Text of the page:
5 Trends that will shape Retail in 2019
With mobile as the heartbeat of online and offline shopping, voice is starting to develop as a channel for commerce and consumers increasingly demand transparency and tractability from the brands they do business with.
Mobile is the heartbeat of online and offline shopping, voice is starting to develop as a channel for commerce and consumers are increasingly demanding transparency and tractability from the brands they do business with.
Following NRF 2019 in New York, or Retail’s Big Show as it’s known in the industry, the first Hubday of the year dived into retail trends 2019.
1. Voice is getting louder
“Voice is starting to impose itself,” said Hub Institute co-founder and CEO Vincent Ducrey, of one of the biggest retail trends 2019. “Twenty-five percent of smart speaker users are already using their device to make a shopping list or fill a basket.”
Even a year ago, devices like Amazon Echo and Google Assistant were only available in the U.S. but now smart speakers are rolling out around the world and into a growing number of consumers’ living rooms. “But that’s just today,” said Ducrey. “Tomorrow voice is going to be everywhere, in the walls, in light fittings, in your car.”
As the technology becomes established in our daily lives, expect it to be mated more and more to screens for augmenting the experience. For example, even when completing a shopping list, having complementary information about a product’s health benefits or provenance will help improve the experience.
2. Shopping for good
And the fact is that increasingly people want to know everything about every product they may want to purchase, whether it’s an item of clothing or a TV dinner.
“Consumers want tractability and transparency,” Ducrey explained.
U.S. consumers are already prepared to pay more for products that are transparent in their marketing or from companies that support good causes, but the trend is growing to become more encompassing as millennials become a bigger addressable market.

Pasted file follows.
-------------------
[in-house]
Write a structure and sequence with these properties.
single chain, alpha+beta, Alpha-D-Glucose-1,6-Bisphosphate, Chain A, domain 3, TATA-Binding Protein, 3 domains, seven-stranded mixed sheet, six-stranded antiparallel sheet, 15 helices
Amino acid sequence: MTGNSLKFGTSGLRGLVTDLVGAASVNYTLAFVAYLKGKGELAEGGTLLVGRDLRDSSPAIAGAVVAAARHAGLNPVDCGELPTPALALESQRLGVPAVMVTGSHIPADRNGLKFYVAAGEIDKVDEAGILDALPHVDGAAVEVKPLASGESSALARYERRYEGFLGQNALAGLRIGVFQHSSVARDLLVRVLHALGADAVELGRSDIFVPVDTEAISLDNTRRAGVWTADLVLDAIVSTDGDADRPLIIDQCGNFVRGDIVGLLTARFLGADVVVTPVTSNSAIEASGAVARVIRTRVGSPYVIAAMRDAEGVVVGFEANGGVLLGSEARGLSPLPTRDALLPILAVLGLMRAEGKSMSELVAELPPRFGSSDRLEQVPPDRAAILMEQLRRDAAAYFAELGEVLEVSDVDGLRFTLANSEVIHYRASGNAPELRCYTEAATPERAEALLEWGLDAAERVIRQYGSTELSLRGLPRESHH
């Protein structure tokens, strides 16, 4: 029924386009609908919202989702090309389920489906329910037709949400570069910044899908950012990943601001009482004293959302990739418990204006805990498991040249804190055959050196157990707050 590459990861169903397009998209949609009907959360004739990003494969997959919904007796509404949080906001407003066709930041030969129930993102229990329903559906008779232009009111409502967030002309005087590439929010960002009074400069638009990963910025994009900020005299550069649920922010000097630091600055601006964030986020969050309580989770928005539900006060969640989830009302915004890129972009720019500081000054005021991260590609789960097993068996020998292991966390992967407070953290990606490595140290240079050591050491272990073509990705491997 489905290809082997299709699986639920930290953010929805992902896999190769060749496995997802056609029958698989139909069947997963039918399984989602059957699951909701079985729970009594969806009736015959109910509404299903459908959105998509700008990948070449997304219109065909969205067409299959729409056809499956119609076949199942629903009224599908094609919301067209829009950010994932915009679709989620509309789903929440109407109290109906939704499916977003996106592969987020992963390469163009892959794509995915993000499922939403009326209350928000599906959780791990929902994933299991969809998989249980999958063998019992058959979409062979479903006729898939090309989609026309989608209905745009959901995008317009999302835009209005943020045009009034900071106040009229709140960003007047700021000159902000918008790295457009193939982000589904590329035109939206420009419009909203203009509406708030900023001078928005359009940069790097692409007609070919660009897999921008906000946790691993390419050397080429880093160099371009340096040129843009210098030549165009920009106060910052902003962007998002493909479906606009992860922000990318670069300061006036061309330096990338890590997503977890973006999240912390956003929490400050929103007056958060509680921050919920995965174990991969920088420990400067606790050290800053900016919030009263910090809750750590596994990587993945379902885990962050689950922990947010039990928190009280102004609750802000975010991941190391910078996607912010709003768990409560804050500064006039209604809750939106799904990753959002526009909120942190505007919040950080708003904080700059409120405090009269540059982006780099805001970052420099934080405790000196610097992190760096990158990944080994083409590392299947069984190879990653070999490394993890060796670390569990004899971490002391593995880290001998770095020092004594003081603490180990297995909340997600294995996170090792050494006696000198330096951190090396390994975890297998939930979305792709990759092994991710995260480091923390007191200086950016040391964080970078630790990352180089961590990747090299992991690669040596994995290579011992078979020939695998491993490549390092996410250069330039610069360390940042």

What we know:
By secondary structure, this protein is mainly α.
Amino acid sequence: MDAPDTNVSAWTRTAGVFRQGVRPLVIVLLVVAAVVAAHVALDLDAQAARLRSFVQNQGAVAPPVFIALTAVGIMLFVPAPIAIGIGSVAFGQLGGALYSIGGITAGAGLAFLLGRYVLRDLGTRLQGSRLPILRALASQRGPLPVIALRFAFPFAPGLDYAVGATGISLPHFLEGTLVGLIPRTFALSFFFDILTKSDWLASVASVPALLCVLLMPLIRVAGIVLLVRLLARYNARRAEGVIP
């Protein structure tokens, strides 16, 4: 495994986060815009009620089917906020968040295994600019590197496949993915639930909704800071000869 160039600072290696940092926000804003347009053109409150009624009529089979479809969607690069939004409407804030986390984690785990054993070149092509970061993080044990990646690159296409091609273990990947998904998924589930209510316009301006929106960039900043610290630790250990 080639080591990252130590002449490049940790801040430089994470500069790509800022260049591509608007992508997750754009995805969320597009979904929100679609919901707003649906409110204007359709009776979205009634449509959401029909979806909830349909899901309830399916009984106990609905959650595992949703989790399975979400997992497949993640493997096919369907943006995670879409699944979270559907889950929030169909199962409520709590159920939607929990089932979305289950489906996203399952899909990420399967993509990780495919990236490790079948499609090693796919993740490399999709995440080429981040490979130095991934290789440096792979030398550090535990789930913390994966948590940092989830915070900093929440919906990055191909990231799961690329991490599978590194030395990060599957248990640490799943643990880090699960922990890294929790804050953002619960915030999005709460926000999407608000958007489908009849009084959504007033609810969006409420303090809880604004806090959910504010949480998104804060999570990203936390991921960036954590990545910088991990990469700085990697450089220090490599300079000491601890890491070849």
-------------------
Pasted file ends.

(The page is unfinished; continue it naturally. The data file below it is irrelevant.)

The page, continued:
“It’s a paradigm shift,” said Jérôme Camus Executive Partner, Global Business Services IBM. “Traditionally shoppers were sensitive to price, now they’re sensitive to everything they put in their basket and everything they put in their bodies.”
IBM has been working with global supermarket chain, Carrefour, to bring complete transparency and tractability to all of its own-label products by using a private blockchain.
“Blockchain itself doesn’t create traceability, traceability was already there,” explained Garance Osternaud Organizational manager for Carrefour, France. “But before blockchain it was in different formats and different places. Now our producers can communicate directly customers.”
If a customer wants to know that a chicken is antibiotic-free or that a potato was grown locally or organically, they can simply scan a QR code with their smartphone and get all the information they need.
3. Mobile removes friction
Retailers now understand that mobile is the epicenter of commerce. Whether shopping online or offline the smartphone informs the decision-making process – be it scanning a QR code or using a pricing comparison site while in a physical store to make certain of the best deal.